I Am A Bird Now
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Antony and the Johnsons' second full-length recording, the haunting and affecting I Am a Bird Now, is a far more intimate affair than their debut. Antony's bluesy parlour room cadence is more upfront here, resulting in a listening experience that's both exhilarating and disquieting. "Hope There's Someone" is a sombre opener, and its plea for companionship, augmented by a sparse piano/vocal arrangement that rises into the air by song's end in a swirl of multi-tracked harmonies, is ultimately uplifting. This formula is applied to too much of the record and never ceases to elicit honest emotion from either Antony or his numerous guests. Rufus Wainwright takes the lead on "What Can I Do?," a languid meditation on death that conjures up images of rainy streets, lonely lampposts, and cigar smoke--it's brief (under two minutes) but alluring like the cover of a Raymond Chandler novel. Boy George joins Antony for a duet on the soulful and empowering "You Are My Sister," Devendra Banhart lends his warbly tenor to the lush "Spiraling," and Lou Reed plays noodly guitar and recites an anonymous poem on the mischievous "Fistful of Love." It's a testament to Antony's skill as a writer and arranger that these guest appearances are completely devoid of pretence, and while each artist is reverent to the source material, it's still Antony's show, as the most powerful moments on I Am a Bird Now are his. --James Christopher Monger, All Music Guide
Top Customer Reviews
From the Peter Hujar photo, Candy Darling On Her Deathbead, that adorns the sleeve, to some of the subject matter - breast amputation (My Lady Story), domestic violence (Fistful Of Love) and gender confusion (For Today I Am A Boy) - it might appear to be a hard shell to crack, but what makes I Am A Bird Now all the more compelling is that Antony is able to take what are profoundly personal words and transform them into something highly ambiguous and hugely accessible.
Nonetheless, it is Antony's voice that, for many, is the main draw. Equal parts Nina Simone, Labi Siffre, Billie Holiday and Jimmy Scott, Antony sings with such sadness, such belief, such frailty and such authority that he could be singing about anything and it wouldn't matter. Even better then, that the lyrics should be so affecting and challenging.
It's somewhat fitting an album which, more than anything, draws on feelings of isolation and loneliness should have such a stellar cast of supporting players. Long-time Antony champion, Lou Reed, adds an unpretentious and almost terse spoken word intro to Fistful Of Love, before Antony delivers a heartbreaking account of domestic abuse ("I feel your fist and I know it's out of love"). Immediately afterwards, Devendra Banhart adds some disturbing incantations to the beginning of the staggering Spiralling.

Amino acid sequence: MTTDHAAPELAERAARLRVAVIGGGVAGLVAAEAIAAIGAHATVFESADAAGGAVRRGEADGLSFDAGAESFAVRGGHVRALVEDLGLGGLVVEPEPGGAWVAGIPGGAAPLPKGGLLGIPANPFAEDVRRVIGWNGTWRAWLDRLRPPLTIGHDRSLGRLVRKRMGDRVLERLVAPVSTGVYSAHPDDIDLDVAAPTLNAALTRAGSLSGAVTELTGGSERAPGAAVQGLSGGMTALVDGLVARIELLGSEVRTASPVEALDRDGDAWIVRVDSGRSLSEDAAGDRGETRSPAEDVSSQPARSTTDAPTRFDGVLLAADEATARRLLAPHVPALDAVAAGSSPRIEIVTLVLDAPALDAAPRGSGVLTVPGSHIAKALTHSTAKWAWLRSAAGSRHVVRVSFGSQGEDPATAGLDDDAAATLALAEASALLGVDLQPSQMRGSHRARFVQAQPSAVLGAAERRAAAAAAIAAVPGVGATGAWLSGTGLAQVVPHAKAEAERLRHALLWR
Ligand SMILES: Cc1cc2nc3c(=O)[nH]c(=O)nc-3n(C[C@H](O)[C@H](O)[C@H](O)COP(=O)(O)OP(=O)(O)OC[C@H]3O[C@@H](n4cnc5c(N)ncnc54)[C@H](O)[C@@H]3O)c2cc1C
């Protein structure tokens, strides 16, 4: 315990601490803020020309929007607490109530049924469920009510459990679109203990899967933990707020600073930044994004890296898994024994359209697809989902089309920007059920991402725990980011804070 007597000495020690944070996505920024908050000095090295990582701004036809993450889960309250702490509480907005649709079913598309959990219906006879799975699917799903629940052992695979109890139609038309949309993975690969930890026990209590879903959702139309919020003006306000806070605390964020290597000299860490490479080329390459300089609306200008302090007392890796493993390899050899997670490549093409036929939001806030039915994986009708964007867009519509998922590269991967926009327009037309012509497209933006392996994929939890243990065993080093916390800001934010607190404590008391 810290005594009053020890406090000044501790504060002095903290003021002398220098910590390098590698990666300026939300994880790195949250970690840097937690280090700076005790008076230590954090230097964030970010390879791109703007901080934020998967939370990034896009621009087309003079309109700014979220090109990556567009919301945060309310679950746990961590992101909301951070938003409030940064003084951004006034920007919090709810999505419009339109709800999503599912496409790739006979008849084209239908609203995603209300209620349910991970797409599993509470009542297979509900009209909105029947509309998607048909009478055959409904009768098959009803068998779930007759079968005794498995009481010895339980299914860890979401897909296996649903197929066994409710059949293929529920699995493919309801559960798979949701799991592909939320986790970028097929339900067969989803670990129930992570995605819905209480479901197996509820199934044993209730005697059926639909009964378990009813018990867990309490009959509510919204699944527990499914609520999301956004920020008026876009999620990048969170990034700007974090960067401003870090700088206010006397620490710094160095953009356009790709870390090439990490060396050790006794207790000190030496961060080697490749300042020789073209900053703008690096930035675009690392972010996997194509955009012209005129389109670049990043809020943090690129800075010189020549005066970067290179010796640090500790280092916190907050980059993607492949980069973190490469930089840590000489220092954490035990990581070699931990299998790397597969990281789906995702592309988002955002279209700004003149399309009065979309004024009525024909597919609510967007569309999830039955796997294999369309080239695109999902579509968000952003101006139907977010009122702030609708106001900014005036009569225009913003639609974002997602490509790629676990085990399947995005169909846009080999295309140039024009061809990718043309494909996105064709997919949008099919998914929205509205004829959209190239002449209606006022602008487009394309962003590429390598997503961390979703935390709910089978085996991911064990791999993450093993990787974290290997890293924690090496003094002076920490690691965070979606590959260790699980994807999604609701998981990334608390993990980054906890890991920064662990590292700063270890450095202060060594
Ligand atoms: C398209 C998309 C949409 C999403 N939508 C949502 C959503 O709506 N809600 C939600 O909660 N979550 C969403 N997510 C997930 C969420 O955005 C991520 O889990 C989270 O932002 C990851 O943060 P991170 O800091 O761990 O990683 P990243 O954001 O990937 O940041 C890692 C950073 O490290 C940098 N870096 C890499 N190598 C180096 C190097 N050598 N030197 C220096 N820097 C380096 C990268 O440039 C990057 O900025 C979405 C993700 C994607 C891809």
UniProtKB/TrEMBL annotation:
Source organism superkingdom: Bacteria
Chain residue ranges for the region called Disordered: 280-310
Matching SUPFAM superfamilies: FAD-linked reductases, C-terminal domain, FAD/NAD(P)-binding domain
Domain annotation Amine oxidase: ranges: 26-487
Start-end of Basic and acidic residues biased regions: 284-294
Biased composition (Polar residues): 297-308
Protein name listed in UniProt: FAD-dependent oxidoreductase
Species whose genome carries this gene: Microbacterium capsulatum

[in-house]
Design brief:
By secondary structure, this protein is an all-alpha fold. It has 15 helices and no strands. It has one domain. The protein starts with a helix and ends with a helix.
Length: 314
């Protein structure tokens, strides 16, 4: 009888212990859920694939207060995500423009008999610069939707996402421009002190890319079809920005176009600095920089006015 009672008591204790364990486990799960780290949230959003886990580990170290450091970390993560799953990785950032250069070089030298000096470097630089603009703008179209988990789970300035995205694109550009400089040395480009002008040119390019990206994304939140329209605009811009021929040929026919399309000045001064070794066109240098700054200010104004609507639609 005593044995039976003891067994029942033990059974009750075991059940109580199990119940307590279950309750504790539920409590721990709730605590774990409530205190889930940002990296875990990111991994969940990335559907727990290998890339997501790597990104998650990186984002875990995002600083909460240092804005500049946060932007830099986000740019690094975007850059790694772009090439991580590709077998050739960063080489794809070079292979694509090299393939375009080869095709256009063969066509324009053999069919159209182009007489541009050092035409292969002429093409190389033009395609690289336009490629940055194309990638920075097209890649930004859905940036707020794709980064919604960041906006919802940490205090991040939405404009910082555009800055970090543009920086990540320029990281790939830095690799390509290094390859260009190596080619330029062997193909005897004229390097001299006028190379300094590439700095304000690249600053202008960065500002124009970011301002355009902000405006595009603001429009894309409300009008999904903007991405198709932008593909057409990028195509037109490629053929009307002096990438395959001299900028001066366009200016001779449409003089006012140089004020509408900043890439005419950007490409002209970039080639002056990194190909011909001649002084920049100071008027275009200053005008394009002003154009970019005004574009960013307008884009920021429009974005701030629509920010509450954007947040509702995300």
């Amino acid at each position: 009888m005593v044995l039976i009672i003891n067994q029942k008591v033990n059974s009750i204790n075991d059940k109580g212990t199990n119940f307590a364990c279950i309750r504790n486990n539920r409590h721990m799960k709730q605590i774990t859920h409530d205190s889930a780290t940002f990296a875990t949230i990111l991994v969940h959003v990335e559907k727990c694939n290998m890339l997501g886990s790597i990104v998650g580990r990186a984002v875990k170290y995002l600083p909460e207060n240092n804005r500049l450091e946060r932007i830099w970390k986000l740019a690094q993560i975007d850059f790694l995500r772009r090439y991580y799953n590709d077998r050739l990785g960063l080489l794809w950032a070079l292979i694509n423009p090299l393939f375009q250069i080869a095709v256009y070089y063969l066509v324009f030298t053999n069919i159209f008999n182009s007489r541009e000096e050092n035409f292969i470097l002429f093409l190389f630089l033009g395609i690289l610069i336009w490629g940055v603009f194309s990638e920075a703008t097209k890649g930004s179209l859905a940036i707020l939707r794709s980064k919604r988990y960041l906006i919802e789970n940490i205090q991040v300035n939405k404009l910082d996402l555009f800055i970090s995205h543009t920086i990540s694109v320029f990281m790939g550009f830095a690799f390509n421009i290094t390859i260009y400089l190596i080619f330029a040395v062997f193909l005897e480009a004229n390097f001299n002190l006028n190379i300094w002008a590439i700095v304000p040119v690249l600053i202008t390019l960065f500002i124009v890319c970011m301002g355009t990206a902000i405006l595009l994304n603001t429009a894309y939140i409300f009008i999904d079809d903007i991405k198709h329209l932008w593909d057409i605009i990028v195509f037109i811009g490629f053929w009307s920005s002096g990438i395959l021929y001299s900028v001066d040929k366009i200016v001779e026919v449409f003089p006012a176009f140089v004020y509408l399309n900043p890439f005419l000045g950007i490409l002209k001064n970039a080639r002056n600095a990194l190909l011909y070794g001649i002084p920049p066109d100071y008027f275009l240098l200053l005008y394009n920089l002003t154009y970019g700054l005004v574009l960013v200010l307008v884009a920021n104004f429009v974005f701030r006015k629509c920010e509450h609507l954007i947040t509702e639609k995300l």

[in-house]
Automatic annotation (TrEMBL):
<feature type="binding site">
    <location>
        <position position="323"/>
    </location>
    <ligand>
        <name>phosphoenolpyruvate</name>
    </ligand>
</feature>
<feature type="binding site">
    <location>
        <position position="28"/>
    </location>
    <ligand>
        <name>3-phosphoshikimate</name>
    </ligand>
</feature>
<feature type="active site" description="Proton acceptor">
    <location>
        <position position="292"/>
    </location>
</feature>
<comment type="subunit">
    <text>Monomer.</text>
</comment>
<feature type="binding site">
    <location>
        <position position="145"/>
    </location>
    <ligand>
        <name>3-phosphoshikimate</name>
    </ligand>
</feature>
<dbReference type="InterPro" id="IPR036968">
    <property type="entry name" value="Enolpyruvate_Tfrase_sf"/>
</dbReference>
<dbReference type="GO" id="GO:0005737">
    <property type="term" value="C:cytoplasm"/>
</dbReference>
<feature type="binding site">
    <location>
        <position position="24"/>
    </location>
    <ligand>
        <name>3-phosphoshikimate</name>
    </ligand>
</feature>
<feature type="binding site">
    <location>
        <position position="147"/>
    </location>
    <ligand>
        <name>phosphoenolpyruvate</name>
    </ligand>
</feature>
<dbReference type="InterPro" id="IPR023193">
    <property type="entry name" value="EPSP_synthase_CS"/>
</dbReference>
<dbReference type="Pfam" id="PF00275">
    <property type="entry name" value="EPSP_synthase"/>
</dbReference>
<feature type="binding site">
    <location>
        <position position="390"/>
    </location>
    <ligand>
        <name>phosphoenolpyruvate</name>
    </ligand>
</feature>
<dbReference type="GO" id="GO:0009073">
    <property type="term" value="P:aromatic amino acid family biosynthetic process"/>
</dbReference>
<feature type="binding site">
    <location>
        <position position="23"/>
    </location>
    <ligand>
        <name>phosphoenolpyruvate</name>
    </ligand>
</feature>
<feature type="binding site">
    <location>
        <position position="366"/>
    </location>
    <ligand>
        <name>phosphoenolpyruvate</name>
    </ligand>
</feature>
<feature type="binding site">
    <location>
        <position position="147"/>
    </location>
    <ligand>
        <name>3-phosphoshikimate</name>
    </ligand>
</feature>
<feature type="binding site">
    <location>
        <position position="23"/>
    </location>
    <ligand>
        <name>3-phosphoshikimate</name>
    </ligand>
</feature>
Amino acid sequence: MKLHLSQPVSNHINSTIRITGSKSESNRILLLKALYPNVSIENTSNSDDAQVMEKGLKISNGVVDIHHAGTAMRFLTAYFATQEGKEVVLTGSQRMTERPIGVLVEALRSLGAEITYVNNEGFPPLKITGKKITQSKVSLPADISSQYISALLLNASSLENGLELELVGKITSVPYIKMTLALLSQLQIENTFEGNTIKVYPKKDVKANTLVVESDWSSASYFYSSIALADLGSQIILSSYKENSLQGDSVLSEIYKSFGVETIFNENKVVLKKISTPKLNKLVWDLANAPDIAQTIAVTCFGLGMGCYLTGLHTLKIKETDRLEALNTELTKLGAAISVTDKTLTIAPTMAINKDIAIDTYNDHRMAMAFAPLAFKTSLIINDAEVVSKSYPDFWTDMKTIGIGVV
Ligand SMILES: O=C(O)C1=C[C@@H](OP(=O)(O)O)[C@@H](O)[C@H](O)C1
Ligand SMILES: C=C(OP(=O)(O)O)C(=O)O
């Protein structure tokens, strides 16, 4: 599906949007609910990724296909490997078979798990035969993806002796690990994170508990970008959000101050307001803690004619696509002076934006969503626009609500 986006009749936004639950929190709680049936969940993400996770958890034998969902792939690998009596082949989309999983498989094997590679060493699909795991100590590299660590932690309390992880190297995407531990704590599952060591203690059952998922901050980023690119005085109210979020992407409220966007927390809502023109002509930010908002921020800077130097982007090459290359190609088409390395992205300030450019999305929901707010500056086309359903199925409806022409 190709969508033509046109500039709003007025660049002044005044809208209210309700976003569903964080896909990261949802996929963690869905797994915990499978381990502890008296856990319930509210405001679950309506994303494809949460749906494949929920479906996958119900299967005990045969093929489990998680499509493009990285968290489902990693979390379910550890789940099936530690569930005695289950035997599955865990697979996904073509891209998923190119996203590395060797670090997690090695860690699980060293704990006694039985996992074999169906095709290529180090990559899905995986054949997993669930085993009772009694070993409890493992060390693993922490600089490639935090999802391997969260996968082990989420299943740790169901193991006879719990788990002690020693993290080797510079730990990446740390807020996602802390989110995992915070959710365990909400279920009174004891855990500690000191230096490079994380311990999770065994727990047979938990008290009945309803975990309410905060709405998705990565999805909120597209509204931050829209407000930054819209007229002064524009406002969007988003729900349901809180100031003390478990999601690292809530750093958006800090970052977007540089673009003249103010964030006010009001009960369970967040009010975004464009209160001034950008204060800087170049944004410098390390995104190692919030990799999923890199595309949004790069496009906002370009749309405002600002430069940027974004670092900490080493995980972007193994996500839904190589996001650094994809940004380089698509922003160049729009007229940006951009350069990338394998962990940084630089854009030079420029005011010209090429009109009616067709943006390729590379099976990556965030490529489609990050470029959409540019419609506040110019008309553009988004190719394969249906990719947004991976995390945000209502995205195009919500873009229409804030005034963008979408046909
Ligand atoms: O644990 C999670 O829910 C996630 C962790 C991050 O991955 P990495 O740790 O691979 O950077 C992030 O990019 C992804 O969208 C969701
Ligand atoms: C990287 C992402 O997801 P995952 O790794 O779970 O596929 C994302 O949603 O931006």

Just preceding those two songs is What Can I Do?Read more ›
If you are looking for something mainstream, or think you're musically cultured because you like Coldplay, this album may go right over your head or even upset you.
If you want something different this is it!
This is simply the finest album of the year. It's just devastating, to be honest it's sometimes a little too much to take...the way he sings 'I tell you I love you, and I always will...I know you can't tell me' during 'Fistful Of Love' kills me everytime I hear it...easily one of the finest soul songs of the last ten years, you can just feel the fragile desperation and need seep from every word. It's heartbreaking.
Like I said, it's not easy to place someone in your position and make them feel your particular pain through a collection of four minute songs, but this album has the honesty and beauty to do just that...it aches for your attention.
this is the sophomore lp from antony & the johnsons and needless to say it really has to be heard to be believed...
in terms of style it recalls nina simone and lou reed. 'fistful of love' is the heart of this album and the collaboration with the aforementioned lou reed creates a staggering celebration of the joys of life as the tenor saxophone comes out in true new york blues cabaret style...
the striking thing about antony is his voice that lilts, then fluttres and then finally soars like on the startling 'for today i am a boy' that deserves hymn-like status. it is such a unique falsetto voice that the octaves he covers transcend the guest appearances on this album from rufus wainwright, lou reed, devendra banhart and boy george...
yes boy george! - he delivers a commendable and moving performance when duetting with antony on 'you are my sister', it very much feels like the albums success is against all the odds - but any analysis of end of year polls and such is rendered irrelevant when the beautiful human touches of this art really hit home...
the important thing here is aesthetics then and sonically the album is the greatest palate of emotion to surface since 1997 when spiritualized gave us 'ladies and gentlemen we are floating in space'...
an album of full powered soul overall and the feeling is very much raw and hot blooded. too independent to be grouped in relation to any so-called ''peers'' and certainly too cool for ally mcbeal, please get this, stick it on your stereo and you'll see exactly what is being discussed here...
Most Recent Customer Reviews
Bought for my wife after she heard a cover of hope there's someone ,not my cup of tea but she really likes itPublished 1 month ago by Terry P.
Have only just received this cd, played it once and love Antony's voice.Published 10 months ago by Babette
It's quirky and different with Antony's voice but many of the songs on this cd are haunting.Published 11 months ago by R. Tunnah